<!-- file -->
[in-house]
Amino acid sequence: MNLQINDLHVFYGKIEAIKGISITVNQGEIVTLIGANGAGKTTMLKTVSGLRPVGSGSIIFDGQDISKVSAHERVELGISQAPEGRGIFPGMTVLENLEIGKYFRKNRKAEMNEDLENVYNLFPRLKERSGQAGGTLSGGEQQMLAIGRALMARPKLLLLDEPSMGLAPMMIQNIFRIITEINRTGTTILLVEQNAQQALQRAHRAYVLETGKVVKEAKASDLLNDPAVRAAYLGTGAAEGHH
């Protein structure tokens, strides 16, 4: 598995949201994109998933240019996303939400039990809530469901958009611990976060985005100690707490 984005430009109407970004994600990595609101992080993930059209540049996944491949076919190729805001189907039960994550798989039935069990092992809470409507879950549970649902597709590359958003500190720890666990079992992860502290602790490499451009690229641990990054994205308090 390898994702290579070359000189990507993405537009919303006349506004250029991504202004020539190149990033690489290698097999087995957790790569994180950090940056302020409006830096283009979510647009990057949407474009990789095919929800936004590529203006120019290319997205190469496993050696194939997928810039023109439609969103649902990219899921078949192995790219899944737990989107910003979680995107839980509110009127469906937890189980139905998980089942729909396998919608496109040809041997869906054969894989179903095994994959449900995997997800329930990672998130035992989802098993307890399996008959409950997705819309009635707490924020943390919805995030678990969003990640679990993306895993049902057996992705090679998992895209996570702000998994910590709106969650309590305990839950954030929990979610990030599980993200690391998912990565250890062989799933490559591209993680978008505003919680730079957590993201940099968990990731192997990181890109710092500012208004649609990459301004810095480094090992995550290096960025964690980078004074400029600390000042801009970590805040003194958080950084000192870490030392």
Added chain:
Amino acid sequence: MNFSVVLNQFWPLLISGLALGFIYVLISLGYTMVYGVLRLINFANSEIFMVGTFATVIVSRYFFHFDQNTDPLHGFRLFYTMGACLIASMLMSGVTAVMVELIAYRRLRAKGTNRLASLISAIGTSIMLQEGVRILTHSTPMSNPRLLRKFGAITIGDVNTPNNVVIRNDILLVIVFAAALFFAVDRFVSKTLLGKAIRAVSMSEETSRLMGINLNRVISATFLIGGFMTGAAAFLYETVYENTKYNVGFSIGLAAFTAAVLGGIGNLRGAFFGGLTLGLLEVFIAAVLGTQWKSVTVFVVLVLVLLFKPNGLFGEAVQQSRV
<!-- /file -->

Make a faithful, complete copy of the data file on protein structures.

[in-house]
Amino acid sequence: MNLQINDLHVFYGKIEAIKGISITVNQGEIVTLIGANGAGKTTMLKTVSGLRPVGSGSIIFDGQDISKVSAHERVELGISQAPEGRGIFPGMTVLENLEIGKYFRKNRKAEMNEDLENVYNLFPRLKERSGQAGGTLSGGEQQMLAIGRALMARPKLLLLDEPSMGLAPMMIQNIFRIITEINRTGTTILLVEQNAQQALQRAHRAYVLETGKVVKEAKASDLLNDPAVRAAYLGTGAAEGHH
């Protein structure tokens, strides 16, 4: 598995949201994109998933240019996303939400039990809530469901958009611990976060985005100690707490 984005430009109407970004994600990595609101992080993930059209540049996944491949076919190729805001189907039960994550798989039935069990092992809470409507879950549970649902597709590359958003500190720890666990079992992860502290602790490499451009690229641990990054994205308090 390898994702290579070359000189990507993405537009919303006349506004250029991504202004020539190149990033690489290698097999087995957790790569994180950090940056302020409006830096283009979510647009990057949407474009990789095919929800936004590529203006120019290319997205190469496993050696194939997928810039023109439609969103649902990219899921078949192995790219899944737990989107910003979680995107839980509110009127469906937890189980139905998980089942729909396998919608496109040809041997869906054969894989179903095994994959449900995997997800329930990672998130035992989802098993307890399996008959409950997705819309009635707490924020943390919805995030678990969003990640679990993306895993049902057996992705090679998992895209996570702000998994910590709106969650309590305990839950954030929990979610990030599980993200690391998912990565250890062989799933490559591209993680978008505003919680730079957590993201940099968990990731192997990181890109710092500012208004649609990459301004810095480094090992995550290096960025964690980078004074400029600390000042801009970590805040003194958080950084000192870490030392």
Added chain:
Amino acid sequence: MNFSVVLNQFWPLLISGLALGFIYVLISLGYTMVYGVLRLINFANSEIFMVGTFATVIVSRYFFHFDQNTDPLHGFRLFYTMGACLIASMLMSGVTAVMVELIAYRRLRAKGTNRLASLISAIGTSIMLQEGVRILTHSTPMSNPRLLRKFGAITIGDVNTPNNVVIRNDILLVIVFAAALFFAVDRFVSKTLLGKAIRAVSMSEETSRLMGINLNRVISATFLIGGFMTGAAAFLYETVYENTKYNVGFSIGLAAFTAAVLGGIGNLRGAFFGGLTLGLLEVFIAAVLGTQWKSVTVFVVLVLVLLFKPNGLFGEAVQQSRV